Abu Dhabi Investment Company plans to create four new equities funds as it seeks to draw international investment to the region.
ADIC changes name, creates four equity funds
Abu Dhabi Investment Company (ADIC) plans to create four new equities funds as it seeks to draw international investment to the region. The government-owned investment company has also changed its name to Invest AD as it repositions itself as an asset manager of government and international funds. Invest AD will create four new funds to focus on GCC equities, UAE equities, MENA and developing markets in Africa.
"We think the region should also be seen as a destination of capital for very good fundamental reasons going forward," Nazem al Kudsi, the Invest AD chief executive, said yesterday. Gulf fund managers are tapping into renewed investor appetite for local equities and bonds as a strengthening oil price and attractive stock market valuations lure foreign investors back to the region. The Gulf Venture Capital Association estimates that regional private equity groups have as much as US$11 billion (Dh40.39bn) waiting to invest. After the financial crisis hit, many regional investors postponed deals and shelved new investment fund launches.
Mr al Kudsi said Invest AD was looking into a number of possible private equity-style investments within the region and abroad. "We are very interested in western investments," he said when asked whether the firm was considering other Gulf investors that have bought stakes in ailing banks in the West. "But at the end of the day we are very IRR [internal rate of return] sensitive." Mr al Kudsi said Invest AD might also target the infrastructure sector, with the total amount of spending in the MENA region likely to exceed $410bn over the next 10 years.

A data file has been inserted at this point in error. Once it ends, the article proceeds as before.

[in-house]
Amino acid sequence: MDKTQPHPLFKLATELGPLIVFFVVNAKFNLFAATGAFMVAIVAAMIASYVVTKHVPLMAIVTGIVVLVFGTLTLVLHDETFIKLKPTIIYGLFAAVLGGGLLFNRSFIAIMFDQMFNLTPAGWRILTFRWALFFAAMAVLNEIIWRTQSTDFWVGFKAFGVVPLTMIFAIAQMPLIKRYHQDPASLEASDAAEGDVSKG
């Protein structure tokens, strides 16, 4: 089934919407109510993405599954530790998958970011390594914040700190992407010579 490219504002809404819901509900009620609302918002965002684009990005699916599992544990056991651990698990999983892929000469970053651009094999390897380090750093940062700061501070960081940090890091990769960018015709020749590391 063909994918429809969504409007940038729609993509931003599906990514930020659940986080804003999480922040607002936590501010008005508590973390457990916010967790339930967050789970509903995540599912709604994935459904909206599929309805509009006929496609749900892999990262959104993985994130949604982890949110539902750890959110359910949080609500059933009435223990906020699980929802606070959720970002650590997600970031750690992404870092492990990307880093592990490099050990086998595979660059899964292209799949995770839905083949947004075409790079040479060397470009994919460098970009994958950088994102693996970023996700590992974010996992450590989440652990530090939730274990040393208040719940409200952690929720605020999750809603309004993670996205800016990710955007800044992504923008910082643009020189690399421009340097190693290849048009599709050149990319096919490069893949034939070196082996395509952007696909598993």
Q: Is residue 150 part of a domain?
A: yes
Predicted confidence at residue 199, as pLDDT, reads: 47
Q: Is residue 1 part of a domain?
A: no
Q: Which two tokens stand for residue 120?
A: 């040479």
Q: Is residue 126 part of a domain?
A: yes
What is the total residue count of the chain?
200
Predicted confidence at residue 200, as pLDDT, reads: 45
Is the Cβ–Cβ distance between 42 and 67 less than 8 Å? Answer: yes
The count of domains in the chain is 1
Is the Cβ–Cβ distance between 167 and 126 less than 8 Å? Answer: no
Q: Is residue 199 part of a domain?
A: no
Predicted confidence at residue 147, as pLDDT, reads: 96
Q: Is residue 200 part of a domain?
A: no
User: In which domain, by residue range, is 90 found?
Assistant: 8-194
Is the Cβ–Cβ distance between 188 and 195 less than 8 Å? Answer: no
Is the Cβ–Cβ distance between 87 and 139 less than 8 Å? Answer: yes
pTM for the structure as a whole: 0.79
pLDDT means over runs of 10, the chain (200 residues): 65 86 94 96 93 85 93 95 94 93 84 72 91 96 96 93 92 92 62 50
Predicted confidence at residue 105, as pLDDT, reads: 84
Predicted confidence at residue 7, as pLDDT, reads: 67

The company said last week it would buy a stake in a Russian ski resort that will host events during the 2014 Winter Olympics. Before the name change, Invest AD was often confused with its majority shareholder, the Abu Dhabi Investment Council, one of the emirate's sovereign wealth funds that gained international exposure late last year when it took a substantial stake in the Chrysler Building in Manhattan.
"We changed the name because we wanted a fresh start," Mr al Kudsi said. "In today's alphabet soup of names that start with the letter A, it does distinguish us a little bit." email@example.com